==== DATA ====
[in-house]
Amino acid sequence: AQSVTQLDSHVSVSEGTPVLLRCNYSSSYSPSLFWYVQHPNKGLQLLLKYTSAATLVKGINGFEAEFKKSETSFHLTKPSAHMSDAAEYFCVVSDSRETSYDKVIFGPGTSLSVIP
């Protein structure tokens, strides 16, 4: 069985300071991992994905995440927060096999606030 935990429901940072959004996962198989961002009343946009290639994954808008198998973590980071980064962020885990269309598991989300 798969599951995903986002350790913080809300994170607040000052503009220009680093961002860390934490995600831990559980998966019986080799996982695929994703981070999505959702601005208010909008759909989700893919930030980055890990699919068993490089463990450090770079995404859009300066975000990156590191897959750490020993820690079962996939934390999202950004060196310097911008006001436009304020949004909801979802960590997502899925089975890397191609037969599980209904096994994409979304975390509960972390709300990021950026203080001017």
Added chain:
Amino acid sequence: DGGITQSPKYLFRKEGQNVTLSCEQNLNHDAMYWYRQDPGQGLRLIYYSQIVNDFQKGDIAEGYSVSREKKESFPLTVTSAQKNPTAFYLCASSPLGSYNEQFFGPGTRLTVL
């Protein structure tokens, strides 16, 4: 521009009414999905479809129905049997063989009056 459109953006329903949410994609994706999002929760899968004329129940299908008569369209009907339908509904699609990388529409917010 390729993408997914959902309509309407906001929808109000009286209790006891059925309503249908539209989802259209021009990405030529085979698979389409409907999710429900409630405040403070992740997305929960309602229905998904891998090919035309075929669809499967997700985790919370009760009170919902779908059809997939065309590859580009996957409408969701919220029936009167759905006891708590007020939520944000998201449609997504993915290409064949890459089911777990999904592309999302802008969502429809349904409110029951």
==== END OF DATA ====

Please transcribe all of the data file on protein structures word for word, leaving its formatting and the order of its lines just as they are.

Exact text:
[in-house]
Amino acid sequence: AQSVTQLDSHVSVSEGTPVLLRCNYSSSYSPSLFWYVQHPNKGLQLLLKYTSAATLVKGINGFEAEFKKSETSFHLTKPSAHMSDAAEYFCVVSDSRETSYDKVIFGPGTSLSVIP
């Protein structure tokens, strides 16, 4: 069985300071991992994905995440927060096999606030 935990429901940072959004996962198989961002009343946009290639994954808008198998973590980071980064962020885990269309598991989300 798969599951995903986002350790913080809300994170607040000052503009220009680093961002860390934490995600831990559980998966019986080799996982695929994703981070999505959702601005208010909008759909989700893919930030980055890990699919068993490089463990450090770079995404859009300066975000990156590191897959750490020993820690079962996939934390999202950004060196310097911008006001436009304020949004909801979802960590997502899925089975890397191609037969599980209904096994994409979304975390509960972390709300990021950026203080001017």
Added chain:
Amino acid sequence: DGGITQSPKYLFRKEGQNVTLSCEQNLNHDAMYWYRQDPGQGLRLIYYSQIVNDFQKGDIAEGYSVSREKKESFPLTVTSAQKNPTAFYLCASSPLGSYNEQFFGPGTRLTVL
């Protein structure tokens, strides 16, 4: 521009009414999905479809129905049997063989009056 459109953006329903949410994609994706999002929760899968004329129940299908008569369209009907339908509904699609990388529409917010 390729993408997914959902309509309407906001929808109000009286209790006891059925309503249908539209989802259209021009990405030529085979698979389409409907999710429900409630405040403070992740997305929960309602229905998904891998090919035309075929669809499967997700985790919370009760009170919902779908059809997939065309590859580009996957409408969701919220029936009167759905006891708590007020939520944000998201449609997504993915290409064949890459089911777990999904592309999302802008969502429809349904409110029951």